Thank you to Diana Fenney for allowing us to use her batik paintings in this blog post.
Diana works on Mulberry paper and Lokta paper using hot candle wax as a resist. Her paints are made from procion dyes (recipe, hot water and salt only) which give her the range of colours she needs. The brilliance of the dyes plus the looseness of the work with hot wax makes the work very immediate and vibrant.
The Batik wax masks the areas Diana intended to keep white, such as the snow and sunlight. Colours can be built up in layers, removing the wax from each stage of the painting. An effective method of removing the wax is to iron the painting between sheets of newspaper so that the melted wax is blotted away.
Here, Diana Fenney uses the wax to mask of the areas of the painting which are highlighted by sunlight such as the leaves in the trees and along the footpath.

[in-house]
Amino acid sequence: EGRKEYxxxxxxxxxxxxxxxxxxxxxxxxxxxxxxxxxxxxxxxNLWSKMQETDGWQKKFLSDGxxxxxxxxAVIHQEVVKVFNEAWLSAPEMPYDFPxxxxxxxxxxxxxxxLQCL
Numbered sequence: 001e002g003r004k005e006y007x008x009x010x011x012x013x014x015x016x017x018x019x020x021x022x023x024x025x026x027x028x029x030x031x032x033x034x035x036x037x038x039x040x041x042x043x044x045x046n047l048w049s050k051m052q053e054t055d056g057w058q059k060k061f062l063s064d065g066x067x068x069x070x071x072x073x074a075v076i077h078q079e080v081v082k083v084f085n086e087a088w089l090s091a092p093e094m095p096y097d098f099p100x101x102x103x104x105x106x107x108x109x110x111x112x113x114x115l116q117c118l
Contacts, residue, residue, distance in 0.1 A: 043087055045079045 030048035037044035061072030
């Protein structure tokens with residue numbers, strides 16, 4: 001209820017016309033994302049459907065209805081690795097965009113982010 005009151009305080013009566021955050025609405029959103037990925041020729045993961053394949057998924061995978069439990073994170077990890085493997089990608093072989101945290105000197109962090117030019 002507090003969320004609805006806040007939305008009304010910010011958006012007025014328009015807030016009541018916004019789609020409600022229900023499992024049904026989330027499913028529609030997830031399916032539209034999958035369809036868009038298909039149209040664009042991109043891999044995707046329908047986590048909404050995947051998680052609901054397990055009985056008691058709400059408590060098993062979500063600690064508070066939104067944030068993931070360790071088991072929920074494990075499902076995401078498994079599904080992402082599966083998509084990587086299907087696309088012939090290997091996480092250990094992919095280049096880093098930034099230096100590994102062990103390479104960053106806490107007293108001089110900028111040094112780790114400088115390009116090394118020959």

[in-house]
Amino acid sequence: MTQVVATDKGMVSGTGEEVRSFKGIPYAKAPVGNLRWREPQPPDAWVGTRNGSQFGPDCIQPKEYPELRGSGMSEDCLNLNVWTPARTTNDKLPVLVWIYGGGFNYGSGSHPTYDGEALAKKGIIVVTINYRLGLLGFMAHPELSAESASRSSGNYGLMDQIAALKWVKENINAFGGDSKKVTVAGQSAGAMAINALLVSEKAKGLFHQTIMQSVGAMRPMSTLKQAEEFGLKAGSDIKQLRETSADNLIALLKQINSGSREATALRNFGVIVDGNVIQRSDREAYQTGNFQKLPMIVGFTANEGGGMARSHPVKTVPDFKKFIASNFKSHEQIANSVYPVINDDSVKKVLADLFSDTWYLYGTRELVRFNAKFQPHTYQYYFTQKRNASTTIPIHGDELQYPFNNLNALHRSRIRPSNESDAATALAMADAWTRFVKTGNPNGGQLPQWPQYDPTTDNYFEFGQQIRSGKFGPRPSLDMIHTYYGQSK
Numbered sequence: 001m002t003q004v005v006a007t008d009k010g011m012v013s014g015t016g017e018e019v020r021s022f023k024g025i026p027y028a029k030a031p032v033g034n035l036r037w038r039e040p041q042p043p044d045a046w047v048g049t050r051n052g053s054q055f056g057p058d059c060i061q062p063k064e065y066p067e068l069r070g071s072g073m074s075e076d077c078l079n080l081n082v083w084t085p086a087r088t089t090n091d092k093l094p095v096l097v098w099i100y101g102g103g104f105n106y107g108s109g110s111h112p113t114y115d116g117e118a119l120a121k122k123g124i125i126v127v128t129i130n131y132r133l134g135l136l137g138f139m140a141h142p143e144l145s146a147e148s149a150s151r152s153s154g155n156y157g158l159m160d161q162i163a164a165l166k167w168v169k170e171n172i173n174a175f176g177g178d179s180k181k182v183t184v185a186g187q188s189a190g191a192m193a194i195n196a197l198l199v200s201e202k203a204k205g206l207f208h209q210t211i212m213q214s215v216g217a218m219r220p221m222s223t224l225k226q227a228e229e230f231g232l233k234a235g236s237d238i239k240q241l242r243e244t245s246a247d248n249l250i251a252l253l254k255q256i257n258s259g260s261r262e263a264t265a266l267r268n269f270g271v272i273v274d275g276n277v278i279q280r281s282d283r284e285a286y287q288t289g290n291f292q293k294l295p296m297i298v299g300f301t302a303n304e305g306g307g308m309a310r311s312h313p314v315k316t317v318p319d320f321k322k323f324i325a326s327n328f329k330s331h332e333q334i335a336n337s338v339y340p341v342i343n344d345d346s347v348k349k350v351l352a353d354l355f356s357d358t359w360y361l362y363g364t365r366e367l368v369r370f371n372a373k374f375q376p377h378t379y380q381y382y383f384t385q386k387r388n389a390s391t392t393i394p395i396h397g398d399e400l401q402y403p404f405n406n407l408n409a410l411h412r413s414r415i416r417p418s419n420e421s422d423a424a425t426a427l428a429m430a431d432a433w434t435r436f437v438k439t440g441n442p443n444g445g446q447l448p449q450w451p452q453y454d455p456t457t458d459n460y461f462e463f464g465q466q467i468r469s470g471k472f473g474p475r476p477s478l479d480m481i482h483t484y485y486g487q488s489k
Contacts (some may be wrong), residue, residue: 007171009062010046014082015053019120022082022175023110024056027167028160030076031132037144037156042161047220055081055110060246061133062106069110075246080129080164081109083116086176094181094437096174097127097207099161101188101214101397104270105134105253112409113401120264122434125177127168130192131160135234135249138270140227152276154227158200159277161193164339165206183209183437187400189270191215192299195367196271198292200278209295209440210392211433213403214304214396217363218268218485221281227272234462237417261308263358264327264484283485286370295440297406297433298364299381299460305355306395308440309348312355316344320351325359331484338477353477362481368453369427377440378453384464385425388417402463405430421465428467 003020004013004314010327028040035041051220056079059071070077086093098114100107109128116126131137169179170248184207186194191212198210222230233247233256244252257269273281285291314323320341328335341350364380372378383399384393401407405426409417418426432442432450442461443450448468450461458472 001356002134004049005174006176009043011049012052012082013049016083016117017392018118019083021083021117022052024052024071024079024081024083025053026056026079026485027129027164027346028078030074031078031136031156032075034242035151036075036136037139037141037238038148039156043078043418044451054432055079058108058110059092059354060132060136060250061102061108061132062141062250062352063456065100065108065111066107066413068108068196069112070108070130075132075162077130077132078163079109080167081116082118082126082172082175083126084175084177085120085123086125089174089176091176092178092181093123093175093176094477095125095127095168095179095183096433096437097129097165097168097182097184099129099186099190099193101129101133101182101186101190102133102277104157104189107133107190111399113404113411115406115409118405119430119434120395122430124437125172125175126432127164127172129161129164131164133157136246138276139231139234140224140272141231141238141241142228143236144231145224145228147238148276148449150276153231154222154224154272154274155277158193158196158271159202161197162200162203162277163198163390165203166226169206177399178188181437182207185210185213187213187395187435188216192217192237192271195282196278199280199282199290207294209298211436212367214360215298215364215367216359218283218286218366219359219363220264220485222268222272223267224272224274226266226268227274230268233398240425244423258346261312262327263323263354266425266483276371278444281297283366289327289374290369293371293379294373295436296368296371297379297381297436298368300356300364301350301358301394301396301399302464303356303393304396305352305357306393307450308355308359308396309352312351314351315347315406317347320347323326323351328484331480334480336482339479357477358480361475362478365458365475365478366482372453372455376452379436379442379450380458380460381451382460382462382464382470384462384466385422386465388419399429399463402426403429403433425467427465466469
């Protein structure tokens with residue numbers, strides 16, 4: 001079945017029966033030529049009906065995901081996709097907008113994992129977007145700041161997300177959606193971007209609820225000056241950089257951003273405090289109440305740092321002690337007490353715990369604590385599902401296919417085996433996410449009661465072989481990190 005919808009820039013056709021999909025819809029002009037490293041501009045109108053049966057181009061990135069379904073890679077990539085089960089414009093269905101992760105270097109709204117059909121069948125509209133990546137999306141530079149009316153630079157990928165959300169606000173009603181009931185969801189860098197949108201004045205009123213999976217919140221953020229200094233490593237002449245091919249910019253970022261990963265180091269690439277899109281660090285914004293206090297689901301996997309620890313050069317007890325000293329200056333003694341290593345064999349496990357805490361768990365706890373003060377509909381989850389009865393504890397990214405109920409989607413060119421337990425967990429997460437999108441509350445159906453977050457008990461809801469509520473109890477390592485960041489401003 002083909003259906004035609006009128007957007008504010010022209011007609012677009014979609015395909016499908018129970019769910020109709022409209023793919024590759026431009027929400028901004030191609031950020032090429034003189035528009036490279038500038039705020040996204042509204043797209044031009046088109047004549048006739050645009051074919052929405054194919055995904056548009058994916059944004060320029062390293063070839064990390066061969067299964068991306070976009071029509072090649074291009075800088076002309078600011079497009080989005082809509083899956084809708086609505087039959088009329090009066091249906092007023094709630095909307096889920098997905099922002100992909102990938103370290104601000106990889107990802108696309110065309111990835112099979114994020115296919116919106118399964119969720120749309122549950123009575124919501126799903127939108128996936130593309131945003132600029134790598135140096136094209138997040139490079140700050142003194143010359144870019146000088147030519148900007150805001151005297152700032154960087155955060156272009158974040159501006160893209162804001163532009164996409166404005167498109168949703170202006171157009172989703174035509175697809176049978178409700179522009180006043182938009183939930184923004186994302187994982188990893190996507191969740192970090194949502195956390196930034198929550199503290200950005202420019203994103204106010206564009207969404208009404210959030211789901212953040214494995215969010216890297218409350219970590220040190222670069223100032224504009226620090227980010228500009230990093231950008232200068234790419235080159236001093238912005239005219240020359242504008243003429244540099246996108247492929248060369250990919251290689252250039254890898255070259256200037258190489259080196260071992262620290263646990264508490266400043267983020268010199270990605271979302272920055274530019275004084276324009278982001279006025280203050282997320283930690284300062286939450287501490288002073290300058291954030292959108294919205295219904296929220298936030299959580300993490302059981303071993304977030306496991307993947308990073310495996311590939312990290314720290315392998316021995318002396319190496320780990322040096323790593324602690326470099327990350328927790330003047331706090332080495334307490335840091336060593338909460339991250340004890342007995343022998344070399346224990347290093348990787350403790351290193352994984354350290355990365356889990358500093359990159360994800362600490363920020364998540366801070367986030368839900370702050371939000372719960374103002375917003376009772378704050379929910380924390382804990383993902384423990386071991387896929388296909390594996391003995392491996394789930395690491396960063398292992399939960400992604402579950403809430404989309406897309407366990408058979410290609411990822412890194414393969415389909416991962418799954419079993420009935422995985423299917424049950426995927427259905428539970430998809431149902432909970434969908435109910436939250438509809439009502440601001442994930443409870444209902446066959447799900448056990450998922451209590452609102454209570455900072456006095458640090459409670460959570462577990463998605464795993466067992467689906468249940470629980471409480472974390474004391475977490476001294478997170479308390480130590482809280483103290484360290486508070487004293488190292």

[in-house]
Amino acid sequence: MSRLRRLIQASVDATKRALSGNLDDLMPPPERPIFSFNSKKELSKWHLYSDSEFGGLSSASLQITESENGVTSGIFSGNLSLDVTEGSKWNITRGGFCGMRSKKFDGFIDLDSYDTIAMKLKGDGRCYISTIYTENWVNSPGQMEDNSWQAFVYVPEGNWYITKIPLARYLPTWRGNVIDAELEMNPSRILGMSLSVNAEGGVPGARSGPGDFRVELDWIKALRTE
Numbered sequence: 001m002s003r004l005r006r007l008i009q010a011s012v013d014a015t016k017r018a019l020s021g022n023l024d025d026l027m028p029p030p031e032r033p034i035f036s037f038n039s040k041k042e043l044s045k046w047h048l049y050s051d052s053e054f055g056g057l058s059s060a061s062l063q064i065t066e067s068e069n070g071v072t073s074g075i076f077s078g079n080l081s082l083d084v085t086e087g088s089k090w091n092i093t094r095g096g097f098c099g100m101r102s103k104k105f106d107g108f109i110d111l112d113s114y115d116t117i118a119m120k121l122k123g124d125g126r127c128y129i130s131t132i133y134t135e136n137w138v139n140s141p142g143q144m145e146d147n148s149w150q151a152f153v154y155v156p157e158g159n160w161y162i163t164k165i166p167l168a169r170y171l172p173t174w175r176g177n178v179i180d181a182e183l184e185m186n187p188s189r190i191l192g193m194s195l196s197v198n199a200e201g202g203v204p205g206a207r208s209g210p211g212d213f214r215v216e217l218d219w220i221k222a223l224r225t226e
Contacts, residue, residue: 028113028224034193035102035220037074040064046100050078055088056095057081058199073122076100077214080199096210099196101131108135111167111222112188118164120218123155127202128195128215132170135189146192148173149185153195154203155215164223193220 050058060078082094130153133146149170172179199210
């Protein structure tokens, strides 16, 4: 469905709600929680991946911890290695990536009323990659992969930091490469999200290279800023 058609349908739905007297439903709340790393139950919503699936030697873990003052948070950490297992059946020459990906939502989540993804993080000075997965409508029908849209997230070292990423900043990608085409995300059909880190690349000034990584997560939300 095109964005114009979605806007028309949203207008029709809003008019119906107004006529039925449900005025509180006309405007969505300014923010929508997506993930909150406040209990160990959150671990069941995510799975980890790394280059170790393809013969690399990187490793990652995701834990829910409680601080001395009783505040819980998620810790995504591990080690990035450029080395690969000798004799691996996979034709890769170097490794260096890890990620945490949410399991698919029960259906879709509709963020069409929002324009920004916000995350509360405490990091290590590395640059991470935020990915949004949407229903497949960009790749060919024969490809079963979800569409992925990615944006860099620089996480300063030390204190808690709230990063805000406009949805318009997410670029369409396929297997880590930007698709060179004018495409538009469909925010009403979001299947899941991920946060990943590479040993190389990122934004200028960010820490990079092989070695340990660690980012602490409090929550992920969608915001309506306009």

Using the batik wax as a resist is extremely effective for painting snow. The areas of the painting intended to remain white or uncoloured are those painted with the wax.
Diana Fenney holds regular Batik workshops and demonstrations of her technique. You can write to her at: Greyroof, Alandale Road, Birdham, Chichester, PO20 7QN. Or you can telephone her on: 01243 512674 or email her at: firstname.lastname@example.org to find out more.
Batik Tools & Supplies
The range of batik tools and materials available from George Weil can be used for the painting technique featured. There is a thermostatically controlled wax melting pot which keeps the wax molten. This means the melted wax remains fluid as it is applied to the paper. There are a choice of waxes which include natural beeswax and clear paraffin wax granules. The soy wax flakes offer a non-oil based alternative, while the cold liquid wax provides an option for use straight from the jar. Find out more from the Batik & Shibori section of the website.